Tan Hiep Phat's efforts in ensuring gender equality at workplace
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|Tan Hiep Phat's Deputy CEO Phuong Uyen Tran|
However, we have found it difficult to recruit more women in this area, because it involves a lot of outdoor work, moving from stall to stall. The Vietnamese sun is very harsh – and pale skin is highly prized in Vietnam. For example, one of our best-known fairy tales, Tam Cam, is a more violent version of Cinderella with some reincarnation thrown in. The evil stepsister dies after stepping into a bath of boiling water thinking this is the secret to achieving pale skin and beauty.
I do not want to give the impression that women are somehow better than men. They are just different, and we seek to leverage those differences. But it is a battle to combat the structural sexism that cool exists in society.
Gender stereotypes and biases start very early. In 2017, the Ministry of Education and Training conducted a study with UNESCO. They examined seventy-six Vietnamese school textbooks and discovered that 95 percent of the important historical characters depicted were men.
Even worse, men were portrayed as doctors, scientists, and engineers, while women were shown as housewives, teachers, and office workers. Perhaps this is one of the reasons why I still detect a desire among some young women to marry a richer man and have an easy life.
The report's findings were not good, but conducting it is an important first step, and the ministry has pledged to rectify the situation. But women of my generation still struggle with sexism.
Nguyen Thi Phuong Thao, who founded Vietnam's second-largest airline Jet Air, Vietnam has several other female CEOs, and, overall, 73 per cent of women are engaged in the workforce compared to 82 per cent of men—according to the United Nations International Labour Organization (ILO). It is a very high percentage compared with other countries. There are many women working in factories, or who own small businesses, running their own shops and stalls.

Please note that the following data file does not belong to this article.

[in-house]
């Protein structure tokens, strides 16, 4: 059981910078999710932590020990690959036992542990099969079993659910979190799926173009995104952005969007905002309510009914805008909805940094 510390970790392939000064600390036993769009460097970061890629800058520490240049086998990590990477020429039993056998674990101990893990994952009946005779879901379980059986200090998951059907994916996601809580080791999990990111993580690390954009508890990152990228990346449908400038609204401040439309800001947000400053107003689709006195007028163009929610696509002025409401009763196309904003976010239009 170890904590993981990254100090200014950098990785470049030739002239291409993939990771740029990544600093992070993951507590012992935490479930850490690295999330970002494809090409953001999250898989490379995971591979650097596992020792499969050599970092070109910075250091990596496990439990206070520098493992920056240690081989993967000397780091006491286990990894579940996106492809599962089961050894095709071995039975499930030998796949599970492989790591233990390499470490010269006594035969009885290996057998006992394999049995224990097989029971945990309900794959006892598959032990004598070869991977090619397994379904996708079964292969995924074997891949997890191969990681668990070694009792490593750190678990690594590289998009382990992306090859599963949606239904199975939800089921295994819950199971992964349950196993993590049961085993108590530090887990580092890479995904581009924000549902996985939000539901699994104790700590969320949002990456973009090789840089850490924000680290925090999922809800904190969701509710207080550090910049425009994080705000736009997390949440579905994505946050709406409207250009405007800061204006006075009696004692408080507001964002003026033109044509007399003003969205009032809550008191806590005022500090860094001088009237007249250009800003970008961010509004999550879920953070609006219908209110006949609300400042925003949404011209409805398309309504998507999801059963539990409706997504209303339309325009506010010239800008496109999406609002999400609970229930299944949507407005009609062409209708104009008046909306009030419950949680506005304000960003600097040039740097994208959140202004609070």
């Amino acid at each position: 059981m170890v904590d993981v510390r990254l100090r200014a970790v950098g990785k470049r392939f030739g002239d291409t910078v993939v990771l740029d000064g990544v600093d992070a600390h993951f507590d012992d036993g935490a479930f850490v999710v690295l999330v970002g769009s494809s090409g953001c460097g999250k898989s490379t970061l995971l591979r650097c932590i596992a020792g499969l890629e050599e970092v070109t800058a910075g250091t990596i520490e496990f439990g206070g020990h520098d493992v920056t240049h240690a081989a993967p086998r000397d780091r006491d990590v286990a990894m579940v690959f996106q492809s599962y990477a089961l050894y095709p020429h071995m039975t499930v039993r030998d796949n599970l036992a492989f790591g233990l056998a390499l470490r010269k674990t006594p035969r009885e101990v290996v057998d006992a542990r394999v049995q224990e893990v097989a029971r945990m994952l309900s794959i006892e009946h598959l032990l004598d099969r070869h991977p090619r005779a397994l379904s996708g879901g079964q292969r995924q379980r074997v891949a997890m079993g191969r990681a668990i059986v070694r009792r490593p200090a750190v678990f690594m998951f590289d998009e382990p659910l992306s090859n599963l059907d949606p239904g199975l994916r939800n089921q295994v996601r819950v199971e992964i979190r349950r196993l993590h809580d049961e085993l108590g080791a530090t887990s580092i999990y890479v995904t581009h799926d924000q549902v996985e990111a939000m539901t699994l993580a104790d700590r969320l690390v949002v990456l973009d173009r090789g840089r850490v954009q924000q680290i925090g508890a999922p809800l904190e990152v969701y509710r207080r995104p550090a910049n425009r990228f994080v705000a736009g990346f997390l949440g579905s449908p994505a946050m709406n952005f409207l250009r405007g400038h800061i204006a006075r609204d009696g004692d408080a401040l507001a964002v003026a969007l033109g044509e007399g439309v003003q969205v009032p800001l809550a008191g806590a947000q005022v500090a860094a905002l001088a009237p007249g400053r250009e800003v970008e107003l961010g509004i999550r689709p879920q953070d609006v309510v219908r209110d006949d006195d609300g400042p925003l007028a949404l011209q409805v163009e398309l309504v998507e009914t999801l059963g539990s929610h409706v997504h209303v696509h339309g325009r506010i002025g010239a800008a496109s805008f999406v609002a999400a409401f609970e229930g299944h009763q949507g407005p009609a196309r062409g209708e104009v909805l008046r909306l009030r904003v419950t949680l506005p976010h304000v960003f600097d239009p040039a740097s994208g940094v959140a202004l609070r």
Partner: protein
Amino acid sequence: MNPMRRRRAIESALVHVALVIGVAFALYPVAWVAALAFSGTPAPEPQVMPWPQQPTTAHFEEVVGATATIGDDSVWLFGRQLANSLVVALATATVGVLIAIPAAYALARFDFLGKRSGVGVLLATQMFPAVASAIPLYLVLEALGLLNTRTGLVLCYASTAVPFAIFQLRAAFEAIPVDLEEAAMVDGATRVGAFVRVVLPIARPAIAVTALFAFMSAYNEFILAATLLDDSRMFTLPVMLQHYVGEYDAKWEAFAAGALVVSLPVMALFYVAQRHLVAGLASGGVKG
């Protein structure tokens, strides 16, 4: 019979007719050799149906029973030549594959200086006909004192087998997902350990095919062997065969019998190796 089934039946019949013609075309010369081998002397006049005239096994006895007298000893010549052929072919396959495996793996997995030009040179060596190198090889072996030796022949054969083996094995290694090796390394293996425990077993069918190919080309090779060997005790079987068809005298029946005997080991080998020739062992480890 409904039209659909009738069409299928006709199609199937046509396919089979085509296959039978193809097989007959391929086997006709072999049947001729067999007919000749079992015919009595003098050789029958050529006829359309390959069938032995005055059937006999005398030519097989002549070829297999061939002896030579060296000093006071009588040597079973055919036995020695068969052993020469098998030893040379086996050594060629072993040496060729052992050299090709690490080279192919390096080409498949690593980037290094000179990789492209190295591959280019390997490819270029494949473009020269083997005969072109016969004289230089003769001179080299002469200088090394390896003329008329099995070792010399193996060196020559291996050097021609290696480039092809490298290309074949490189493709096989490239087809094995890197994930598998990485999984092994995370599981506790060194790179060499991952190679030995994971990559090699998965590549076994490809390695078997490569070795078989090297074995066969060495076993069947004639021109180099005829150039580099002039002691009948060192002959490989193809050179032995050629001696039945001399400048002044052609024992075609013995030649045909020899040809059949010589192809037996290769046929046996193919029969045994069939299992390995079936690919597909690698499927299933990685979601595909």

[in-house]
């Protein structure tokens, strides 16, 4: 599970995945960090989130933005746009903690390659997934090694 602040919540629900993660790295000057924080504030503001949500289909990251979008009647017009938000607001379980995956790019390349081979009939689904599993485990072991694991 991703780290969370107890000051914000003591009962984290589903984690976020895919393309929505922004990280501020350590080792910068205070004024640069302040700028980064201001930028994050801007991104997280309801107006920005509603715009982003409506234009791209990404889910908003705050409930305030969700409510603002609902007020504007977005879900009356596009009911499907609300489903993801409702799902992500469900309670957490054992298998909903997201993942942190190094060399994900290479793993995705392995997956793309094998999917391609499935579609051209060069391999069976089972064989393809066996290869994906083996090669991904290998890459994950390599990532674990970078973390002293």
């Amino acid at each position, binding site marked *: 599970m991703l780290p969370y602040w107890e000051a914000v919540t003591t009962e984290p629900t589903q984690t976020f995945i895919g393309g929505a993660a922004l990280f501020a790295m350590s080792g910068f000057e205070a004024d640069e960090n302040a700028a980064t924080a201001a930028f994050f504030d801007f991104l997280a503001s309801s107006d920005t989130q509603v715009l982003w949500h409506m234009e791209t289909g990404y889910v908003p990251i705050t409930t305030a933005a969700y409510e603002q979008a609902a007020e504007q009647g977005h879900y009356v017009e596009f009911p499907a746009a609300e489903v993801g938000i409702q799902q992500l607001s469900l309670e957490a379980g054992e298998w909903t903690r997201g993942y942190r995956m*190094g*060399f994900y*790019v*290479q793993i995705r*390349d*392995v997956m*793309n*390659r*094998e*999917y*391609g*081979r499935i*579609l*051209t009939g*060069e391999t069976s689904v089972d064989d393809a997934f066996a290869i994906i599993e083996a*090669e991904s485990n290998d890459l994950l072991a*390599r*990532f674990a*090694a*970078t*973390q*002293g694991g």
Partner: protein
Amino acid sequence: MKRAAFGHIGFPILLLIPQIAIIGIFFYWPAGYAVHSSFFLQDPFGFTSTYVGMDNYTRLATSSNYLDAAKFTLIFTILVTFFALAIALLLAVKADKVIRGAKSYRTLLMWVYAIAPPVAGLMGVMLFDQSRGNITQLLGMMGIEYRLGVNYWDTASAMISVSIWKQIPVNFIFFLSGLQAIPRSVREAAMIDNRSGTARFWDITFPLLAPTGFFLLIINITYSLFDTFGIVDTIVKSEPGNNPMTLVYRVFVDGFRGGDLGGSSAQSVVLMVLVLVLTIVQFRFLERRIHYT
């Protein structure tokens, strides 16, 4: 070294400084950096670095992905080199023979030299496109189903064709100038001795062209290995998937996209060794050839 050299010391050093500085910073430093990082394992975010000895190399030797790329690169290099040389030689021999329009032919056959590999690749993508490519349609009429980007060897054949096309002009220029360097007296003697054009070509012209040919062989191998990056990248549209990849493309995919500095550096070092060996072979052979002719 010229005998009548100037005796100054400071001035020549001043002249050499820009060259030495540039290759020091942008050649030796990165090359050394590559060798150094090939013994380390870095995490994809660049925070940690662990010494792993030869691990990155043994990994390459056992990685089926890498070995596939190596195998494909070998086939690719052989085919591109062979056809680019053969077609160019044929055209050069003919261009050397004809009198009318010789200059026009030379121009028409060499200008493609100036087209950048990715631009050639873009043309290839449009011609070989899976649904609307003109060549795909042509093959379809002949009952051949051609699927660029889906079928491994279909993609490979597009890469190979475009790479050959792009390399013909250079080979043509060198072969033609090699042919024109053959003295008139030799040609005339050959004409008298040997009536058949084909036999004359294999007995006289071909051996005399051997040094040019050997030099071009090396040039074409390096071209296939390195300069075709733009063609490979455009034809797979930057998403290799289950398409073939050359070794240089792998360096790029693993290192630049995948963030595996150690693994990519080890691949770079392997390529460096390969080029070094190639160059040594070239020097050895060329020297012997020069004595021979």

But the ILO also says the high figure is misleading since many women are in low-paying jobs. As a result, Vietnam only ranks 76 out of 108 countries in terms of female managers. The ILO undertook an analysis of job ads and discovered that 83 percent of managerial positions being advertised specified male-only candidates. When it came to director-level positions, the figure was 100 percent.
|THP works hard to ensure we offer women the same opportunities as men. We have ten senior directors and four are women. My sister and I try to set a very strong example to the rest of the company; we work tirelessly to boost the number of female employees across it, as well.|
It helps that our father has never discriminated between men and women. He just wants the right person for the job. He likes to use the analogy about a block of wood. It does not matter what kind use the analogy of wood it is, because it can be carved according to e women's dominance, to need.
There are many departments at THP and many of them are customer-facing. We find that women are more consistent when it comes to fine details and are less likely to defraud us. We also find that they are generally more loyal.
We would also really like to boost our sales department. Men are very good at closing deals, but they often seek to move on to the next kill.
In the past few years, especially in 2018, Tan Hiep Phat and Phuong Uyen Tran are among Vietnamese names in the field of business that appear the most on international media because of their stories inspiring co-startups as well as millions of consumers around the world.
That Forbes first published the book “Competing with Giants” by a Vietnamese businesswoman has help promote the name of “rich man” Tan Hiep Phat.
Afterward, in the minds of many consumers, each water bottle is not only a drink but a crystallization of the desire to overcome difficulties and the spirit of entrepreneurship, an organic trend and Vietnam of miraculous stories.
And also from this book uncovered the aspirations of Tan Hiep Phat, as Mr. Hiroshi Otsuka, President and CEO of Musashi Seimitsu said: “
|About author Phuong Uyen Tran |
Working as a powerful businesswoman, Forbes published author, Phuong Uyen Tran is a model of success in Vietnam. Phuong Uyen Tran is also a special contributor for Vietnam Times. Her writing, including “Competing with Giants" book, and her latest articles are to advise and inspire young people to start-up, overcome challenges and reach out to the world. It is the story of a little girl taking the great responsibilities for a corporation and devoting herself to society.
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